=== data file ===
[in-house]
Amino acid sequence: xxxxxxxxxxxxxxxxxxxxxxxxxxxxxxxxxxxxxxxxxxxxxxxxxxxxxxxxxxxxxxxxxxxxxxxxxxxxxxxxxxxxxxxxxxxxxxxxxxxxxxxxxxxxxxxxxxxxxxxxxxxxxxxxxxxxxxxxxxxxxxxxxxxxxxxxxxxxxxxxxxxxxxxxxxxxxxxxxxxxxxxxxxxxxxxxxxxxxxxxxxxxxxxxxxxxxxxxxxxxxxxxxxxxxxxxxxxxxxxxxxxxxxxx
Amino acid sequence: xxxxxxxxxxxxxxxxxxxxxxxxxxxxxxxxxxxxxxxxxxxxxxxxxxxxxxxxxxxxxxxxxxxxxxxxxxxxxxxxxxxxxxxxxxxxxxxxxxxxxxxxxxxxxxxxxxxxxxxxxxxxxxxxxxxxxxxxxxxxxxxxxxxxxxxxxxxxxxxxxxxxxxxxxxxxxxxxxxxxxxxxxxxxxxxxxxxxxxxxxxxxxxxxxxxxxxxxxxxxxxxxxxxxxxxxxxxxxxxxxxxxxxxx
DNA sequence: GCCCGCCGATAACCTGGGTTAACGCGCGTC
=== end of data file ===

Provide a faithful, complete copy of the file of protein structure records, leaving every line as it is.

[in-house]
Amino acid sequence: xxxxxxxxxxxxxxxxxxxxxxxxxxxxxxxxxxxxxxxxxxxxxxxxxxxxxxxxxxxxxxxxxxxxxxxxxxxxxxxxxxxxxxxxxxxxxxxxxxxxxxxxxxxxxxxxxxxxxxxxxxxxxxxxxxxxxxxxxxxxxxxxxxxxxxxxxxxxxxxxxxxxxxxxxxxxxxxxxxxxxxxxxxxxxxxxxxxxxxxxxxxxxxxxxxxxxxxxxxxxxxxxxxxxxxxxxxxxxxxxxxxxxxxx
Amino acid sequence: xxxxxxxxxxxxxxxxxxxxxxxxxxxxxxxxxxxxxxxxxxxxxxxxxxxxxxxxxxxxxxxxxxxxxxxxxxxxxxxxxxxxxxxxxxxxxxxxxxxxxxxxxxxxxxxxxxxxxxxxxxxxxxxxxxxxxxxxxxxxxxxxxxxxxxxxxxxxxxxxxxxxxxxxxxxxxxxxxxxxxxxxxxxxxxxxxxxxxxxxxxxxxxxxxxxxxxxxxxxxxxxxxxxxxxxxxxxxxxxxxxxxxxxx
DNA sequence: GCCCGCCGATAACCTGGGTTAACGCGCGTC